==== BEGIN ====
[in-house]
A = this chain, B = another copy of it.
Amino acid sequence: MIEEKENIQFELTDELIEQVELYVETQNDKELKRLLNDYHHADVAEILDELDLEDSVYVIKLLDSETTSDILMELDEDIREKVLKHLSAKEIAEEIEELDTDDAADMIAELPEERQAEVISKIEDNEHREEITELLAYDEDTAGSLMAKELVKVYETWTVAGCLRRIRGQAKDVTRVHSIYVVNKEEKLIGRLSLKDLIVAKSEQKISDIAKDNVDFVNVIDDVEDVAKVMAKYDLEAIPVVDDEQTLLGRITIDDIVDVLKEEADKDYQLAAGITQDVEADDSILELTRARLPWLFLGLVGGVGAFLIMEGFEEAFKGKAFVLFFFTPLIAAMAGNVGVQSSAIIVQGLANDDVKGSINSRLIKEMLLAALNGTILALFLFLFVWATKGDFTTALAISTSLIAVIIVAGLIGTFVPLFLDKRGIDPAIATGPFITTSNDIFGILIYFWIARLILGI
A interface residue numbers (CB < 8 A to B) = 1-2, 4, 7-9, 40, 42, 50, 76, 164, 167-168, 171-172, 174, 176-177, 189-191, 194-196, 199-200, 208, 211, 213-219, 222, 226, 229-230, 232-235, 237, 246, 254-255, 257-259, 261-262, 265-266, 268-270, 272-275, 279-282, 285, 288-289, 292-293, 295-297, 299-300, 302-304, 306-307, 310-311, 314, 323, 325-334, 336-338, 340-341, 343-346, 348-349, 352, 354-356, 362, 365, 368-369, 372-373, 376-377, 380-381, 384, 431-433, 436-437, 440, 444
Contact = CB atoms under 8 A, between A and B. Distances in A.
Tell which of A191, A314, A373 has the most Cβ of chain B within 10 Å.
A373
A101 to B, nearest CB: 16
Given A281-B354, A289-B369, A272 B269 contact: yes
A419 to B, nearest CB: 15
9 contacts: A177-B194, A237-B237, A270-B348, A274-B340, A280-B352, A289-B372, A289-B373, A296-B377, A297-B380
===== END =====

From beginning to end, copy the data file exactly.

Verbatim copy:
[in-house]
A = this chain, B = another copy of it.
Amino acid sequence: MIEEKENIQFELTDELIEQVELYVETQNDKELKRLLNDYHHADVAEILDELDLEDSVYVIKLLDSETTSDILMELDEDIREKVLKHLSAKEIAEEIEELDTDDAADMIAELPEERQAEVISKIEDNEHREEITELLAYDEDTAGSLMAKELVKVYETWTVAGCLRRIRGQAKDVTRVHSIYVVNKEEKLIGRLSLKDLIVAKSEQKISDIAKDNVDFVNVIDDVEDVAKVMAKYDLEAIPVVDDEQTLLGRITIDDIVDVLKEEADKDYQLAAGITQDVEADDSILELTRARLPWLFLGLVGGVGAFLIMEGFEEAFKGKAFVLFFFTPLIAAMAGNVGVQSSAIIVQGLANDDVKGSINSRLIKEMLLAALNGTILALFLFLFVWATKGDFTTALAISTSLIAVIIVAGLIGTFVPLFLDKRGIDPAIATGPFITTSNDIFGILIYFWIARLILGI
A interface residue numbers (CB < 8 A to B) = 1-2, 4, 7-9, 40, 42, 50, 76, 164, 167-168, 171-172, 174, 176-177, 189-191, 194-196, 199-200, 208, 211, 213-219, 222, 226, 229-230, 232-235, 237, 246, 254-255, 257-259, 261-262, 265-266, 268-270, 272-275, 279-282, 285, 288-289, 292-293, 295-297, 299-300, 302-304, 306-307, 310-311, 314, 323, 325-334, 336-338, 340-341, 343-346, 348-349, 352, 354-356, 362, 365, 368-369, 372-373, 376-377, 380-381, 384, 431-433, 436-437, 440, 444
Contact = CB atoms under 8 A, between A and B. Distances in A.
Tell which of A191, A314, A373 has the most Cβ of chain B within 10 Å.
A373
A101 to B, nearest CB: 16
Given A281-B354, A289-B369, A272 B269 contact: yes
A419 to B, nearest CB: 15
9 contacts: A177-B194, A237-B237, A270-B348, A274-B340, A280-B352, A289-B372, A289-B373, A296-B377, A297-B380